Neil McCormick of "The Daily Telegraph" condemned Jackson's attempt at expressing the pains of depression, as he stated "Janet mistakes platitudes for wisdom, [as] the suffering artist informs us there is nothing more depressing than "having everything and still feeling sad". She should try getting out more. A couple of weeks on a crack-addled Bradford housing estate trying to support eight children on state benefits would doubtless send her scurrying back to the cordon sanitaire of Beverly Hills, where she can take out her woes on an expensive analyst".Citation |last=McCormick |first=Neil | title=The Arts: Give her enough rope... Reviews Rock CDs | newspaper=The Daily Telegraph | pages=11 | year=1997 | date=1997-10-18] However, McCormick complimented the album's "solid song construction and arrangements" and described "The Velvet Rope" as "varied and appealing exercise in R&B pop".

Stephen Thomas Erlewine of Allmusic, criticized the album for Jackson's attempt to "essentially [rework] the hushed atmosphere of janet., [while] neglecting to put a new sonic spin on the material".cite web | title = The Velvet Rope > Review | work = Billboard charts | publisher = Allmusic | date = 2006 | url = | accessdate = 2008-07-20] In regards to the albums sexually explicit content, Erlewine remarked, "for an album that wants to push the limits, it sounds surprisingly tame". "Slant" magazine's Eric Henderson acknowledged that" The Velvet Rope" is the most "adult" album of Jackson's career, but asserted "it's also the most naïve".cite web | last= Henderson | first=Eric | title = Slant Magazine Music Review: Janet Jackson: The Velvet Rope| publisher = "Slant" | date = 2006 | url = | accessdate = 2008-07-20] Henderson remarks the album's sexually explicit material does not convince the listener that Jackson is capable of such escapades and that the albums political content did not surpass the concepts found on her 1989 album "Janet Jackson's Rhythm Nation 1814". However, in spite of these criticisms, Henderson commented " [b] ut behind the sex is something even more compelling, because it gradually dawns on you that Janet's use of sexuality is an evasive tactic... Soul sister to Madonna's "Erotica" (which, in turn, was "her" most daring performance), "The Velvet Rope" is a richly dark masterwork that illustrates that, amid the whips and chains, there is nothing sexier than emotional nakedness".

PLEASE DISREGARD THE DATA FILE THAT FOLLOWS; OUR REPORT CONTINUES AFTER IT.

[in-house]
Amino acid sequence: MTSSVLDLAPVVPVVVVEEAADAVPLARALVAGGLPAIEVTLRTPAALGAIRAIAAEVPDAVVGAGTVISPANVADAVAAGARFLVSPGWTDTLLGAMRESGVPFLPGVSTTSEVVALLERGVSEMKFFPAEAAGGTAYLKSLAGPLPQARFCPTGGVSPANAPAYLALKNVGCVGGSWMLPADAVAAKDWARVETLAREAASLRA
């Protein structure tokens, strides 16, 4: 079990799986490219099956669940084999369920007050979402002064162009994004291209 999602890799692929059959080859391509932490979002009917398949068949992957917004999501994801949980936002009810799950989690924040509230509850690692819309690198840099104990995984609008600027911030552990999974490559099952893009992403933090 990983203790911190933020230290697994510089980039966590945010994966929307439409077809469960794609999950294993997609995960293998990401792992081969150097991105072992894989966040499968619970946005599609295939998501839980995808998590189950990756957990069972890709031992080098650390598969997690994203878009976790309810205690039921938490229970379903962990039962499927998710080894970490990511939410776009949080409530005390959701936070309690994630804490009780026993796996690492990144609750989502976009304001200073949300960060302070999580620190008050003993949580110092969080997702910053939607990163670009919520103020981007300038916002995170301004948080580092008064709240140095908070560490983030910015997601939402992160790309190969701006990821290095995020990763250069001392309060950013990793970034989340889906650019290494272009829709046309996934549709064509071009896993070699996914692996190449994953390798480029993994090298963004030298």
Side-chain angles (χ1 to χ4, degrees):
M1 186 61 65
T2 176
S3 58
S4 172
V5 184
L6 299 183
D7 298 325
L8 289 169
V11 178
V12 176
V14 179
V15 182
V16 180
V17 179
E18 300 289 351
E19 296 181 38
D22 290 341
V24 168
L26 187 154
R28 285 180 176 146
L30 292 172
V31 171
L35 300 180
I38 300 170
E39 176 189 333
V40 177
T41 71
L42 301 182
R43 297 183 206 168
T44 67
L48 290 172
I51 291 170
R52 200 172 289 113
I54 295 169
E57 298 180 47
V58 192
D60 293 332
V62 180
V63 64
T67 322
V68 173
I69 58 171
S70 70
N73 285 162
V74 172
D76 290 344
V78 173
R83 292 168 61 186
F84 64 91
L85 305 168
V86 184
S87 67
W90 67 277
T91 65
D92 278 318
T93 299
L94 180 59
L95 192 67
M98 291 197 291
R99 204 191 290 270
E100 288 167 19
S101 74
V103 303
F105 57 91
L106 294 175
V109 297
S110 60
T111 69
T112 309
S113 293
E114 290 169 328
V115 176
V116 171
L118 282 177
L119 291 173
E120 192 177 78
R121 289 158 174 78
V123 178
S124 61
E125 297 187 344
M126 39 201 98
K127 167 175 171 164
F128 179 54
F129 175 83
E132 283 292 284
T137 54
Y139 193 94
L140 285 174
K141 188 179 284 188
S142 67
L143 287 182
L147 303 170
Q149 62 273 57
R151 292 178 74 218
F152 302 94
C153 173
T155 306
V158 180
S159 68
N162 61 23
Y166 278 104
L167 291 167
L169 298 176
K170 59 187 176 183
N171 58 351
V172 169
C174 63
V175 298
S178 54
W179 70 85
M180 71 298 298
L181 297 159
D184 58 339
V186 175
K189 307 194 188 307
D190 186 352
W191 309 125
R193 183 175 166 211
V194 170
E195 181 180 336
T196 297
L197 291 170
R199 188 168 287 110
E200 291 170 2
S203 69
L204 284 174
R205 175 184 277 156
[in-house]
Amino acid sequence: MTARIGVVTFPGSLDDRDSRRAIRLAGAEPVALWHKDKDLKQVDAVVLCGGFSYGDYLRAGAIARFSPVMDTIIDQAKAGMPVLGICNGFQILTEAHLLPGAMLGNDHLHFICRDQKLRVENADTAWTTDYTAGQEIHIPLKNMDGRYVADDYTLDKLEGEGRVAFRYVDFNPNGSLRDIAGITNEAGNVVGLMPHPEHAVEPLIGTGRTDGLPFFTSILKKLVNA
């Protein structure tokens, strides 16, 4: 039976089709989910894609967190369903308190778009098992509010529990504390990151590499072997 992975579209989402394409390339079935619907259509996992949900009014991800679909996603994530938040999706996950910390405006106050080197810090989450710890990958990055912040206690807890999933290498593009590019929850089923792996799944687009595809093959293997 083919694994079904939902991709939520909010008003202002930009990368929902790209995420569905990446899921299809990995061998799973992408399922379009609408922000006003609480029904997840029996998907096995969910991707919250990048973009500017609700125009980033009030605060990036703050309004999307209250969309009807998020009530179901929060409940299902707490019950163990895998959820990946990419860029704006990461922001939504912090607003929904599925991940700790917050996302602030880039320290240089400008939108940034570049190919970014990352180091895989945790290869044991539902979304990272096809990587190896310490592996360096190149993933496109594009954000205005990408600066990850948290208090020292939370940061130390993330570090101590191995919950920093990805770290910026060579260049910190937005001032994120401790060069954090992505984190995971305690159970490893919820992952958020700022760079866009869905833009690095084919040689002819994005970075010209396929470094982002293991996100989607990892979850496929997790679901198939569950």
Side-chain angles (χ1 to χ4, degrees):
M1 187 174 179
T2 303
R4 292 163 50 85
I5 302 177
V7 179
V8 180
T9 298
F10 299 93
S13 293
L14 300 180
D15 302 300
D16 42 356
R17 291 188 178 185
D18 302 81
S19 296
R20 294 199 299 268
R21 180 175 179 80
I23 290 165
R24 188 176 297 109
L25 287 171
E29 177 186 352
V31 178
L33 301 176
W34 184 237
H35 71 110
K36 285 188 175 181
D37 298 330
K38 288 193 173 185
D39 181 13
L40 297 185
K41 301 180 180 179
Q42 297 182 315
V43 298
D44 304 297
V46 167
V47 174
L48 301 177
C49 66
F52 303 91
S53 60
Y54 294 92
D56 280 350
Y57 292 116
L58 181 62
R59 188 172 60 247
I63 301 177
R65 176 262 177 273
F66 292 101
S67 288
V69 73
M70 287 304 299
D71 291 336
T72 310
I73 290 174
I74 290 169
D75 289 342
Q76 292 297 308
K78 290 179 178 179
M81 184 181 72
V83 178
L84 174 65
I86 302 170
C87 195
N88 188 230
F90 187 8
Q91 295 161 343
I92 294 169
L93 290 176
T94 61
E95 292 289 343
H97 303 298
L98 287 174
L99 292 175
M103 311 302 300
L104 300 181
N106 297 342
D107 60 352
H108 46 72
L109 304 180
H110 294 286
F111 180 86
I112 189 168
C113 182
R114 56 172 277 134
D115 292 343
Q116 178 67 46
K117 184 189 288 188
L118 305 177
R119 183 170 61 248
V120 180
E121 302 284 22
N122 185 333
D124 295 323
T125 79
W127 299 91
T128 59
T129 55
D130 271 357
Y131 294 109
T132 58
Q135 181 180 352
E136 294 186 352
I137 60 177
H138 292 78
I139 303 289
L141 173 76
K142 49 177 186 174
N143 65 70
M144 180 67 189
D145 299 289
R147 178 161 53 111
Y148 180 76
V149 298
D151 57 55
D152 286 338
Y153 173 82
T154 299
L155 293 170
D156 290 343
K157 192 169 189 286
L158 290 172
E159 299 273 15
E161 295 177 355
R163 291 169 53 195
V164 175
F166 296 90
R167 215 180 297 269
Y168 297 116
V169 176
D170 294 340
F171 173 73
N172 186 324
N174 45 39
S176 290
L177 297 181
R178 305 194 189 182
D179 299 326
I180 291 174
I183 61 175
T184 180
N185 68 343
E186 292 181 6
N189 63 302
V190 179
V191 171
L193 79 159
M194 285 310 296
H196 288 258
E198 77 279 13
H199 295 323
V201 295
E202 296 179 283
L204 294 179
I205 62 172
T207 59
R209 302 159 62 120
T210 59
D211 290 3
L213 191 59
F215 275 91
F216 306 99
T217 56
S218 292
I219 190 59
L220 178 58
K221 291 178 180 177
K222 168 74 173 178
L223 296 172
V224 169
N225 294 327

"The Velvet Rope" debuted at number one on the "Billboard" 200, and at number two on the Top R&B/Hip-Hop Albums chart, selling 202,000 copies in its first week.cite web | title = The Velvet Rope | work = Billboard charts | publisher = Allmusic | date = 2006 | url = | accessdate = 2008-07-20] [Citation |last=Sinclair|first=Tom | title=Music/Hear And Now: Hear And Now This Week On The Music Beat | newspaper=Entertainment Weekly | pages=84 | year=1997 | date=1997-11-07] Despite the album's strong debut and critical acclaim, it was Jackson's weakest commercial effort since 1984's "Dream Street". The album sold two million copies within opening 47 weeks of its chart-life, while Jackson's previous album "janet." had exceed sales of ten million copies worldwide. [Citation |last=Murray |first=Sonia| title=Jackson album's funk not slowing stage show | newspaper=The Atlanta Journal and Constitution | pages=F07 | year=1998 | date=1998-09-16] The album was first certified gold by the Recording Industry Association of America on November 11, 1997 denoting 500,000 units shipped within the United States.cite web | title = The Velvet Rope | publisher = Recording Industry Association of America | date = 1997 | url =| accessdate = 2008-07-20] The same day, the album's certification was raised to platinum, denoting 1,000,000 units shipped. The following year on March 26, 1998, the album was certified 2x platinum and later 3x platinum on January 15, 1999. "The Velvet Rope" has sold over three million copies in the United States according to Nielsen SoundScan.cite web |last=Caulfield | first=Keith | title = Ask Billboard | publisher = "Billboard" | date = 2006-11-02 | url = | accessdate = 2008-07-02]